Ada 95 Quality and Style Guide Chapter 4

Chapter 4: Program Structure - TOC - 4.1 HIGH-LEVEL STRUCTURE

4.1.6 Child Library Units


  • If a new library unit represents a logical extension to the original abstraction, define it as a child library unit.
  • If a new library unit is independent (e.g., introduces a new abstraction that depends only in part on the existing one), then encapsulate the new abstraction in a separate library unit.
  • Use child packages to implement a subsystem.
  • Use public child units for those parts of a subsystem that should be visible to clients of the subsystem.
  • Use private child units for those parts of a subsystem that should not be visible to clients of the subsystem.
  • Use private child units for local declarations used only in implementing the package specification.
  • Use child packages to implement constructors, even when they return access values.

  • example

    The following example of a windowing system is taken from Cohen et al. (1993) and illustrates some of the uses of child units in designing subsystems. The parent (root) package declares the types, subtypes, and constants that its clients and subsystems need. Individual child packages provide specific parts of the windowing abstraction, such as atoms, fonts, graphic output, cursors, and keyboard information:

    package X_Windows is
    end X_Windows;
    package X_Windows.Atoms is
       type Atom is private;
    end X_Windows.Atoms;
    package X_Windows.Fonts is
       type Font is private;
    end X_Windows.Fonts;
    package X_Windows.Graphic_Output is
       type Graphic_Context is private;
       type Image is private;
    end X_Windows.Graphic_Output;
    package X_Windows.Cursors is
    end X_Windows.Cursors;
    package X_Windows.Keyboard is
    end X_Windows.Keyboard;


    The user can create more precise packages with less cluttered interfaces, using child library packages to extend the interfaces as needed. The parent contains only the relevant functionality. The parent provides a general-purpose interface, while the child units provide more complete programming interfaces, tailored to that aspect of an abstraction that they are extending or defining.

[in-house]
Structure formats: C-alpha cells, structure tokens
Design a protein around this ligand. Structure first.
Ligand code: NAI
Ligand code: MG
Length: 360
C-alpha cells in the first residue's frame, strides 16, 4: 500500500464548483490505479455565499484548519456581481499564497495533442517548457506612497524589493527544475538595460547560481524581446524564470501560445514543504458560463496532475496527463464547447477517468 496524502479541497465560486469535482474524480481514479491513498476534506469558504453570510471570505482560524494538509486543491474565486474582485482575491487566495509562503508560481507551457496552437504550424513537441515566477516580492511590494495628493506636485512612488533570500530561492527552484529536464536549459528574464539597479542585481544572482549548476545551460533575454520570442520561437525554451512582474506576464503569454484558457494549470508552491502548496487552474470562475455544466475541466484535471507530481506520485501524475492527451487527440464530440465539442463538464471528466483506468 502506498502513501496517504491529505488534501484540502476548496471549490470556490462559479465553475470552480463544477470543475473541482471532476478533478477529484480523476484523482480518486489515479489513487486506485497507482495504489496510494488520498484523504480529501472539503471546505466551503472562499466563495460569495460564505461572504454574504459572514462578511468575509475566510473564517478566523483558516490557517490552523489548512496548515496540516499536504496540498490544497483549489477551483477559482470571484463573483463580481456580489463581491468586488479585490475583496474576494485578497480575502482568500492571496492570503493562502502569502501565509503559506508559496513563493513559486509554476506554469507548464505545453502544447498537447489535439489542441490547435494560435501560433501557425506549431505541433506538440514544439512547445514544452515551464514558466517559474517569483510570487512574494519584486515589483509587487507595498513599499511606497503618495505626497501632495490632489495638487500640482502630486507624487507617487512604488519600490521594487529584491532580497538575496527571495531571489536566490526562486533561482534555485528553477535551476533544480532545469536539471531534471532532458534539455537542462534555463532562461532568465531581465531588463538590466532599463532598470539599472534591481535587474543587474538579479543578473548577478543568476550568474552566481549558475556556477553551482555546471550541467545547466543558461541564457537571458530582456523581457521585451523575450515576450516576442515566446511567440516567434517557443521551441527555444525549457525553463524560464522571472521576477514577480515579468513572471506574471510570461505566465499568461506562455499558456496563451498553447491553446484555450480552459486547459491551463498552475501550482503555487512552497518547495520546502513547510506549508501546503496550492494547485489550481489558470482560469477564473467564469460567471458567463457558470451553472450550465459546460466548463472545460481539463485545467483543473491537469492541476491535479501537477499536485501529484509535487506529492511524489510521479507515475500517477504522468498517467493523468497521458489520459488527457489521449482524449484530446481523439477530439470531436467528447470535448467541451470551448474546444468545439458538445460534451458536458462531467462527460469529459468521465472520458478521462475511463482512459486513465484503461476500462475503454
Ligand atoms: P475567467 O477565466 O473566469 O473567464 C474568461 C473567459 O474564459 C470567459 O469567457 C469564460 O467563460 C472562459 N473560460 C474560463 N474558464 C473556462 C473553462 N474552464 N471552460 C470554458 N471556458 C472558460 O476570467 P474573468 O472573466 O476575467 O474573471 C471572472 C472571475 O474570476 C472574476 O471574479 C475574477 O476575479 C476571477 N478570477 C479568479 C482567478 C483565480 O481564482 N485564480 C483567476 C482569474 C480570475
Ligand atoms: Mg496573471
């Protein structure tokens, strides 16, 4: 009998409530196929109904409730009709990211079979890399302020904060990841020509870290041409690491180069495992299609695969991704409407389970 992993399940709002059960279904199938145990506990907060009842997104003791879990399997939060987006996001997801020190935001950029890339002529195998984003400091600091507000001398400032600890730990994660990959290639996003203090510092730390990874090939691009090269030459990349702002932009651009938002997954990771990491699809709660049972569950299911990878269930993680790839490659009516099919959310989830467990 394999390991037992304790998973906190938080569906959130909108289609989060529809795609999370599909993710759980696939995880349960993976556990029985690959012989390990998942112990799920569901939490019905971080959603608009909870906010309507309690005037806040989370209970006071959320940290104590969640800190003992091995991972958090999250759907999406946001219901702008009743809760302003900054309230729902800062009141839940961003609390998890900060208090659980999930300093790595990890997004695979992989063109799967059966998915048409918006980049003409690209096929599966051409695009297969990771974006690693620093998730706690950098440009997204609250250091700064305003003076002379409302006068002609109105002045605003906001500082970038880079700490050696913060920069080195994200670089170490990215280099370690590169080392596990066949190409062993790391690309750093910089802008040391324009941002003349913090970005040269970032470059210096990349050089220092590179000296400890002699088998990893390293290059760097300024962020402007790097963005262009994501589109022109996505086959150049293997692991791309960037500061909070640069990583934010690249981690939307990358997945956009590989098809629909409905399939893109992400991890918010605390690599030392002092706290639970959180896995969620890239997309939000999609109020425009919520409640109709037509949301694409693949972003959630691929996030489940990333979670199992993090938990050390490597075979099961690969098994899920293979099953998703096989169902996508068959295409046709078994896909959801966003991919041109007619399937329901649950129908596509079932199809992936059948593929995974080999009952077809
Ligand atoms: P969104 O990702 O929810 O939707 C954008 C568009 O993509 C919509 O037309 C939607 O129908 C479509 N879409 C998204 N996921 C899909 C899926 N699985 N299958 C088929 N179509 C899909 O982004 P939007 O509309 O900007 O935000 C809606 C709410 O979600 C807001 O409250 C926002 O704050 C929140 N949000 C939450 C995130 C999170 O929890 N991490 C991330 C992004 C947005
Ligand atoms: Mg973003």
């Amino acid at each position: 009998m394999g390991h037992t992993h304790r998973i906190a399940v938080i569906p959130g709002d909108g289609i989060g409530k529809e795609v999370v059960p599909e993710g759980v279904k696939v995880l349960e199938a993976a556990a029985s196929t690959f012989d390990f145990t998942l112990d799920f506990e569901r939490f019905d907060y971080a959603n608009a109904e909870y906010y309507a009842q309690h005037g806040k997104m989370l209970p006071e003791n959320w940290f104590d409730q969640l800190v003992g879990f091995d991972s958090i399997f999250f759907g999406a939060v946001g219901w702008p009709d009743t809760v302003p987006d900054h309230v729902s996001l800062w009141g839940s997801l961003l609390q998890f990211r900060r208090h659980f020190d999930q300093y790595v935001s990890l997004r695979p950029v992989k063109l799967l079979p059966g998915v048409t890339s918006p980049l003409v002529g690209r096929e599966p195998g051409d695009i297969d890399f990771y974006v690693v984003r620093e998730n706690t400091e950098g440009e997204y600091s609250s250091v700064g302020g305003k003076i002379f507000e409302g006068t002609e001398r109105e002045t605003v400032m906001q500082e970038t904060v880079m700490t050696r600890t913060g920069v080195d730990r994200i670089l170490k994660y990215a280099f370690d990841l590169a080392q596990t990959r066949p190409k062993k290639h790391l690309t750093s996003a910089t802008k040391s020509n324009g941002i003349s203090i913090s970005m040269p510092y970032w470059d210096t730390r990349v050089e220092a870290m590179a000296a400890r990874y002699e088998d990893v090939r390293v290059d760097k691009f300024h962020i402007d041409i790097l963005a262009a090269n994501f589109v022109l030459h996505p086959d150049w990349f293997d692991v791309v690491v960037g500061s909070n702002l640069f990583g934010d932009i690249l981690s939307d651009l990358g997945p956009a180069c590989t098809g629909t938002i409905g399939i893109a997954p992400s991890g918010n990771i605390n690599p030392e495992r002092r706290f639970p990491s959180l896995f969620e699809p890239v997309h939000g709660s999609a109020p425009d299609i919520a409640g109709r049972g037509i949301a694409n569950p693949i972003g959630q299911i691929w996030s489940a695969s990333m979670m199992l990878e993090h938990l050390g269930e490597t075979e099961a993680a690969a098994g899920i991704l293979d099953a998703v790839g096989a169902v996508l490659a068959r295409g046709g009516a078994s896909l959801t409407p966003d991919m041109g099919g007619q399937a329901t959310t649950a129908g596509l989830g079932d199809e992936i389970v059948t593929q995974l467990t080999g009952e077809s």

Child packages build on the modular strength of Ada where "the distinct specification and body decouple the user interface to a package (the specification) from its implementation (the body)" (Rationale 1995, §II.7). Child packages provide the added capability of being able to extend a parent package without recompiling the parent or the parent's clients.

    Child packages allow you to write logically distinct packages that share a private type. The visibility rules give the private part of the child specification and the body of the child visibility into the private part of the parent. Thus, you can avoid creating a monolithic package for the sake of developing abstractions that share a private type and need to know its representation. The private representation is not available to clients of the package, so the abstraction in the package and its children is maintained.

    Using private child packages for local declarations enables you to have available the support declarations you need when implementing both the parent package and extensions to the parent package. You enhance the maintainability of your program by using a common set of support declarations (data representations, data manipulation subprograms). You can modify the internal representation and the implementation of the support subprograms without modifying or recompiling the rest of your subsystem because these support subprograms are implemented in the body of the private child package. See also Guidelines 4.1.1, 4.2.1, 8.4.1, and 8.4.8.

    See also Guideline 9.4.1 for a discussion of the use of child library units in creating a tagged type hierarchy.

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